Remembering Genius Architect Zaha Hadid
Yesterday we lost the amazing Dame Zaha Hadid. The groundbreaking architect graced the world with remarkable breakthroughs—not just for architecture and for female architects everywhere. She dominated a field heavily populated by men, and became the first woman to win the venerable Pritzker Architecture prize. And the profession is the better for it. To celebrate her beautiful work, for which she will always be remembered, we give you some of our most favorite Hadid creations:
Heydar Aliyev Center
It’s wild to believe that this building is actually real, and not straight out of The Jetsons. Located in Azerbaijan, a transcontinental country straddling Asia and Europe, the building has been around for almost four years. Yet despite being built in the city of Baku relatively recently, the building is considered to be the city’s signature landmark. It even won Hadid Design Museum‘s Design of the Year Award in 2014, making her the first woman ever to receive the first place prize. You go, Zaha!
Guangzhou Opera House
For an Opera House that looks like a geometric iceberg, it seems pretty apt to build it alongside a little body of water. The interior is equally as beautiful as the exterior, speckled with little lights that resemble a star-filled sky—a star-filled sky, that is, inside of a conch shell (there’s just no other way to describe it). This building was born of a blueprint that Hadid created for an architectural competition between Zaha Hadid, architectural design firm Coop Himmelb(l)au, and Rem Koolhaas. Naturally, girl power prevailed and Hadid won. Simply put, The Guardian said the building is “at once highly theatrical and insistently subtle.” We couldn’t agree more.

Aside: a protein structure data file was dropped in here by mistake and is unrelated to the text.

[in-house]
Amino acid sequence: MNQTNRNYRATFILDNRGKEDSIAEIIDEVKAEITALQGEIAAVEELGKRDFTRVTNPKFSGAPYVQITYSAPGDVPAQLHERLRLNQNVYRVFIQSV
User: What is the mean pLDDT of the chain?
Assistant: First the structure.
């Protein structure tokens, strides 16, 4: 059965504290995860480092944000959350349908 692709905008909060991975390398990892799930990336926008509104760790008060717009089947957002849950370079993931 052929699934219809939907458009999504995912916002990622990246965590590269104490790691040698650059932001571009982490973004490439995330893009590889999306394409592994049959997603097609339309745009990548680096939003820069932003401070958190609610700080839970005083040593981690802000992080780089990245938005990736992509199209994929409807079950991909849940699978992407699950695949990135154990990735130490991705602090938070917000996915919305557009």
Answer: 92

Glasgow Riverside Museum
We love how the front of this transportation museum looks like a cutting-edge heart monitor. From an aerial view, it looks like a warped L-shape—a motif frequently found in Hadid’s curved, architectural style. The inside is relatively empty and unadorned, save for the tubed, neon lights lining the ceilings that help showcase vehicles inside. Located in Glasgow, Scotland, it opened in 2013 and went on to win the European Museum of the Year Award a day after opening to the public. Basically, anything Hadid touches turns to gold.
Nordpark Railway Station
This Hadid creation, found in Innsbruck, Austria, looks like one of three things: an arctic alien mothership, a warped igloo, or a Mondrian devoid of all color. Turns out it’s actually just a train station, but that’s cool too. By creating a fluid, contoured structure, Hadid intended to reflect the “movement and circulation” common to train stations. She also wanted to incorporate the station’s snowy surroundings. If only the New York City subway stations could be as cool as this one.
The High Line Residential Building
Hadid said that she had always been fascinated by the High Line and wanted to find a way to build around it. And so she did exactly that, and built a beautiful 11-story building made out of glass and steel. Even though there’s already an abundance of modern architecture around the High Line, Hadid’s manages to stand out among the rest. The New York Times described the building as “striking a balance between fractured traditional building forms and Ms. Hadid’s trademark voluptuous curves.” And good news! If you have five to 50 million dollars to spare, you can call this building home.
Photos via Aquila Style, New York Times, Glassolutions, Mapolis, and Inhabit.
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